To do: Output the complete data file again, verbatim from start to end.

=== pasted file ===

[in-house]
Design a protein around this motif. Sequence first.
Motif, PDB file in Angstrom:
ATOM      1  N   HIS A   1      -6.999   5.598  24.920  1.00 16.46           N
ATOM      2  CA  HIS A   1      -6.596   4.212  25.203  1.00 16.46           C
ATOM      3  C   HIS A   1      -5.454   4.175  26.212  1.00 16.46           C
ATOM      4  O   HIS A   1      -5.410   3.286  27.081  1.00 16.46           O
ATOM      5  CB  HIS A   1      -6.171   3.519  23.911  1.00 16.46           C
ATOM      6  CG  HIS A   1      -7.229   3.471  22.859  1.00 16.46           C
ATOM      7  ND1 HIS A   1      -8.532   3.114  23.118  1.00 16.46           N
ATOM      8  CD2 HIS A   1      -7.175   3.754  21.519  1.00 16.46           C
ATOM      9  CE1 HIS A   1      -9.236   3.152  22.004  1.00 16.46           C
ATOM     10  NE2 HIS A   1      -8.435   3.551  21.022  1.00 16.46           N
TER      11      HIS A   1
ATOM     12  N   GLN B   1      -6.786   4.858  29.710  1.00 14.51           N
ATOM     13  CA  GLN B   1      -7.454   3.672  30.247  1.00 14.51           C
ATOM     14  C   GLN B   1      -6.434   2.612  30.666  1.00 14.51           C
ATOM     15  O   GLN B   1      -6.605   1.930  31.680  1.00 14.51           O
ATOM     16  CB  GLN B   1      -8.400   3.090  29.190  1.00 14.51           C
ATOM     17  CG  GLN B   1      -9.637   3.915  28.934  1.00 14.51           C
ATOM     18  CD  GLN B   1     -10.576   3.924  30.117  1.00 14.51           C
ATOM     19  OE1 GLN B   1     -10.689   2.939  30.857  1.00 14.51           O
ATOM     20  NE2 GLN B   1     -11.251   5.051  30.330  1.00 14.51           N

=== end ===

[in-house]
Design a protein around this motif. Sequence first.
Motif, PDB file in Angstrom:
ATOM      1  N   HIS A   1      -6.999   5.598  24.920  1.00 16.46           N
ATOM      2  CA  HIS A   1      -6.596   4.212  25.203  1.00 16.46           C
ATOM      3  C   HIS A   1      -5.454   4.175  26.212  1.00 16.46           C
ATOM      4  O   HIS A   1      -5.410   3.286  27.081  1.00 16.46           O
ATOM      5  CB  HIS A   1      -6.171   3.519  23.911  1.00 16.46           C
ATOM      6  CG  HIS A   1      -7.229   3.471  22.859  1.00 16.46           C
ATOM      7  ND1 HIS A   1      -8.532   3.114  23.118  1.00 16.46           N
ATOM      8  CD2 HIS A   1      -7.175   3.754  21.519  1.00 16.46           C
ATOM      9  CE1 HIS A   1      -9.236   3.152  22.004  1.00 16.46           C
ATOM     10  NE2 HIS A   1      -8.435   3.551  21.022  1.00 16.46           N
TER      11      HIS A   1
ATOM     12  N   GLN B   1      -6.786   4.858  29.710  1.00 14.51           N
ATOM     13  CA  GLN B   1      -7.454   3.672  30.247  1.00 14.51           C
ATOM     14  C   GLN B   1      -6.434   2.612  30.666  1.00 14.51           C
ATOM     15  O   GLN B   1      -6.605   1.930  31.680  1.00 14.51           O
ATOM     16  CB  GLN B   1      -8.400   3.090  29.190  1.00 14.51           C
ATOM     17  CG  GLN B   1      -9.637   3.915  28.934  1.00 14.51           C
ATOM     18  CD  GLN B   1     -10.576   3.924  30.117  1.00 14.51           C
ATOM     19  OE1 GLN B   1     -10.689   2.939  30.857  1.00 14.51           O
ATOM     20  NE2 GLN B   1     -11.251   5.051  30.330  1.00 14.51           N